There are two theories when meeting with the auditor. The first is to not let the auditor the least comfortable as possible, so he or she will leave the office as early as possible. The opposing view is “kill’em with kindness.” Put the examiner in a comfortable setting where he or she can complete the audit. The former is more of a myth than a reality. The examiner needs to complete all of the procedures, and the condition of the space provided will, most likely, not influence the result and may have the opposite effect. Therefore, it is advisable to treat the auditor as you would any guest in your or your accountant’s place of business.
You and your accountant should also be present at the initial audit meeting. This will consist of the auditor completing a lengthy questionnaire with your input. The questionnaire is used by the auditor to understand the accounting methods used to track income and expenses for your practice. In this meeting, you should act as if you are a witness on the stand in a legal trial and only answer the questions that are asked, with factual information that is relevant to the question. If the question requires a yes or no answer, than that is how you should respond. Many times, individuals elaborate on the questions asked and the auditor uses this information to expand their audit to additional areas where they may suspect issues exist. Your accountant should answer as many questions as possible. The accountant’s training and experience provides an understanding as to why the questions are being asked and the truthful answers that will not raise additional issues.
After the auditor has completed the audit of the materials and information provided, he or she will meet with you and your accountant again. At this point, you will be able to respond to any identified issues. You should make every effort to locate information that will satisfy the auditor’s preliminary findings. You may not be able to find the specific invoice or bill the auditor requested. Therefore, you need to determine if there is other information that may appease the request. For instance, if you are missing an invoice for the purchase of medical supplies, you may be able to present the delivery slip or a duplicate invoice obtained from the vendor. It is always easier to resolve issues with the auditor rather than with his manager or an appeals officer. Thus, you should make every effort to continue the dialogue with the auditor to determine if there is any other information you can provide to satisfy the questions raised.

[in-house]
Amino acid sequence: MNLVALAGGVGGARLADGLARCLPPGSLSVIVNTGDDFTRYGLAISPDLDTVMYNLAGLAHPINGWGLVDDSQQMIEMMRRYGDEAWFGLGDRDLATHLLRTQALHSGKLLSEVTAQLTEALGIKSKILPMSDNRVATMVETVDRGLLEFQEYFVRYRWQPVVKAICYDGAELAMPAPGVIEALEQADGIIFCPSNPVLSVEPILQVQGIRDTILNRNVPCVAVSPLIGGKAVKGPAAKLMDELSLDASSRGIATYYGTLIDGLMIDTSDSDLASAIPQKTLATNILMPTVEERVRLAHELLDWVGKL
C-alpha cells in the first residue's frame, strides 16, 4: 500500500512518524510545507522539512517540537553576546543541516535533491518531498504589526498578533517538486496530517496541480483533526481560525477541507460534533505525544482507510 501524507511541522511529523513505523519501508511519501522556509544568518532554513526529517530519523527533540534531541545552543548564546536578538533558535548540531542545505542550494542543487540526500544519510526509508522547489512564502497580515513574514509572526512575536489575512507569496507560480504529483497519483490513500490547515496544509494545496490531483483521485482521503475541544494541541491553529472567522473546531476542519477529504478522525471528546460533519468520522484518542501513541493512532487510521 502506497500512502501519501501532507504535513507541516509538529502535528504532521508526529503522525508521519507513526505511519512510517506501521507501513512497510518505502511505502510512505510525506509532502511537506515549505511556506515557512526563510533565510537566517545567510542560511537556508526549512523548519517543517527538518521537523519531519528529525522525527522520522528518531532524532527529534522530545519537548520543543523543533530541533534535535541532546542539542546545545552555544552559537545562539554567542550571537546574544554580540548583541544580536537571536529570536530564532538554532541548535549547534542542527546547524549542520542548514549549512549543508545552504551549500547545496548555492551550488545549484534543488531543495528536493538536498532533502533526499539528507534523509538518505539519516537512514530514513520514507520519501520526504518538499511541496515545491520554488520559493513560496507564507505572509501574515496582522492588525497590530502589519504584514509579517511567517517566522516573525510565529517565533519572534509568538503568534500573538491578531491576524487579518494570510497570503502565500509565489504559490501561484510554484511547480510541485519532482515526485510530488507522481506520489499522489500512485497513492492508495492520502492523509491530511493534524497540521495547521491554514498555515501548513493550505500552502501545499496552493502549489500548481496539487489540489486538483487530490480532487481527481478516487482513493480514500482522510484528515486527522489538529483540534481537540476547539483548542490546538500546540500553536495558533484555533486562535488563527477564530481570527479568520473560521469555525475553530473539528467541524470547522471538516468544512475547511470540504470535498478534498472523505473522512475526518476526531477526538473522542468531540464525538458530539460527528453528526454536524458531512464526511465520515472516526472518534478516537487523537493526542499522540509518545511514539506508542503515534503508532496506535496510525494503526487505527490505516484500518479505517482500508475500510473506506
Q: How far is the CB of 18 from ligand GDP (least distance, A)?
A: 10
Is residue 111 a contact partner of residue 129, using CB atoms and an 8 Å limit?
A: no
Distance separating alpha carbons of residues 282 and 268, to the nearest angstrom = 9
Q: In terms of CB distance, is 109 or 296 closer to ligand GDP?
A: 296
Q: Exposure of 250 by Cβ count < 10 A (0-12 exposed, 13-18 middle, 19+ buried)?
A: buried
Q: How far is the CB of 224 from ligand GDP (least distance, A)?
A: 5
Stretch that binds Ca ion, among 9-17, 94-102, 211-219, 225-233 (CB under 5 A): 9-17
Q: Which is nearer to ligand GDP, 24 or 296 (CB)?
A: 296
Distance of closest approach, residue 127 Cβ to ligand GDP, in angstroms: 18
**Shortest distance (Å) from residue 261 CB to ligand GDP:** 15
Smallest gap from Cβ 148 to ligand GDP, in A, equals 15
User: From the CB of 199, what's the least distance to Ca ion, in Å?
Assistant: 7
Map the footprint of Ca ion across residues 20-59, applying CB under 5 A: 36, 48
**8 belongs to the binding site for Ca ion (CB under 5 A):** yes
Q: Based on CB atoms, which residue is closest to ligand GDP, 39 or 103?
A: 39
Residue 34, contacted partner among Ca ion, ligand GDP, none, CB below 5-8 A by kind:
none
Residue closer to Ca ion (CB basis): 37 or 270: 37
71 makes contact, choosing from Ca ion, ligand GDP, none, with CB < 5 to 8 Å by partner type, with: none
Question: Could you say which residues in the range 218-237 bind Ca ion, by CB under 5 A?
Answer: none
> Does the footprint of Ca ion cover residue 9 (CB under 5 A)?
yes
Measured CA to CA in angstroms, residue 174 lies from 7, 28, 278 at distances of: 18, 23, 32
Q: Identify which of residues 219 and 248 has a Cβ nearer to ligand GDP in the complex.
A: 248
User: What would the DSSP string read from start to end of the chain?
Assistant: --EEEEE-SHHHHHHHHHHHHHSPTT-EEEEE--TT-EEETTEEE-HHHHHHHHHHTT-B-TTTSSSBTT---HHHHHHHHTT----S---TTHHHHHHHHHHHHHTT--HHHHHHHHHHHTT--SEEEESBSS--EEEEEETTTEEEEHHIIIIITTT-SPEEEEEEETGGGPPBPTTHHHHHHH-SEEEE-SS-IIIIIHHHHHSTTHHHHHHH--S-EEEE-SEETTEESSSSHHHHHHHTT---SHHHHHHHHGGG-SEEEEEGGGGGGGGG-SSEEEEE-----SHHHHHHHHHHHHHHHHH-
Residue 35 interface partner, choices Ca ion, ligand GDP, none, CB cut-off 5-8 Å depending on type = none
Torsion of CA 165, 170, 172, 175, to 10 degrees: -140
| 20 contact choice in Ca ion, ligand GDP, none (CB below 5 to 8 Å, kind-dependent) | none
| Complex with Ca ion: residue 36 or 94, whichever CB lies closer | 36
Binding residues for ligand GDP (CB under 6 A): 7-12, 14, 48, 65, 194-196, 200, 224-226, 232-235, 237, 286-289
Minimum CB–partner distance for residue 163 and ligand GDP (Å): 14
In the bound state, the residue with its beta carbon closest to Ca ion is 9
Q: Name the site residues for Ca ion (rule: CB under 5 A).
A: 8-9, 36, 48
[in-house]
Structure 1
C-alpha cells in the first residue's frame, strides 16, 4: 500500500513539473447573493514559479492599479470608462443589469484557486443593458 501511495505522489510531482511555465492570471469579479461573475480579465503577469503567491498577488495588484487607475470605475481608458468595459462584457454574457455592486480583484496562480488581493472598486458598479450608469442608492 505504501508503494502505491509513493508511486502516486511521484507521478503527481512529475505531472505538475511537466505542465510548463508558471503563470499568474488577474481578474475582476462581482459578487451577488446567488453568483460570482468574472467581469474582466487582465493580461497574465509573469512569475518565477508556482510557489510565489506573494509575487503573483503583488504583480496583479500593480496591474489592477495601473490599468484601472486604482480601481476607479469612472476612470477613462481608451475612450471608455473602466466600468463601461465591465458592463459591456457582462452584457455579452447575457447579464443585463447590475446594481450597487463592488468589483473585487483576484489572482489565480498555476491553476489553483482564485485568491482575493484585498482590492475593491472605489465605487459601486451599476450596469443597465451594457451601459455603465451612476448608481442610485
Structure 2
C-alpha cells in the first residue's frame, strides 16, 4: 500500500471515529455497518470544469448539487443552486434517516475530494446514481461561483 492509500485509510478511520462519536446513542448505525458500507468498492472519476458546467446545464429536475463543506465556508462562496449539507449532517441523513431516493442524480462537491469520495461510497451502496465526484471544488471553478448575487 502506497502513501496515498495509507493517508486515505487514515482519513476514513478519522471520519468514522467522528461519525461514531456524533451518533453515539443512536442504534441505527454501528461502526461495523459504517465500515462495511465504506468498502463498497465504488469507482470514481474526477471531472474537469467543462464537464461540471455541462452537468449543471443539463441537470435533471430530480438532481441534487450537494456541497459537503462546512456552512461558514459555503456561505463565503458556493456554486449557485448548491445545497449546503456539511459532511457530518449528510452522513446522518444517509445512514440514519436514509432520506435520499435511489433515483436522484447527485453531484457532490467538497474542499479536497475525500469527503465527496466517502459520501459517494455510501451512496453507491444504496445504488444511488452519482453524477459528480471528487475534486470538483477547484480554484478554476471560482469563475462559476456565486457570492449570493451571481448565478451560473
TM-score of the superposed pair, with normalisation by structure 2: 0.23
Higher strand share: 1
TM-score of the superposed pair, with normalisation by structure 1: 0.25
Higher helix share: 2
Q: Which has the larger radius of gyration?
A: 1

Depending on the final findings of the auditor, one of two things will happen: you will accept the findings or challenge them. Either way, you will have survived the initial audit. Keep in mind, good accounting practices and organized records will make an IRS exam much easier to survive. As they say, an ounce of prevention….
About the Author: Michael J. Kline is a Certified Public Accountant. A partner in Citrin Cooperman’s Philadelphia office (www.citrincooperman.com), Kline is responsible for client service and quality control, and consults with clients on issues including ownership structure, entity decisions, audits, and multi-state tax and succession planning. Kline can be reached at email@example.com or 215-545-4800.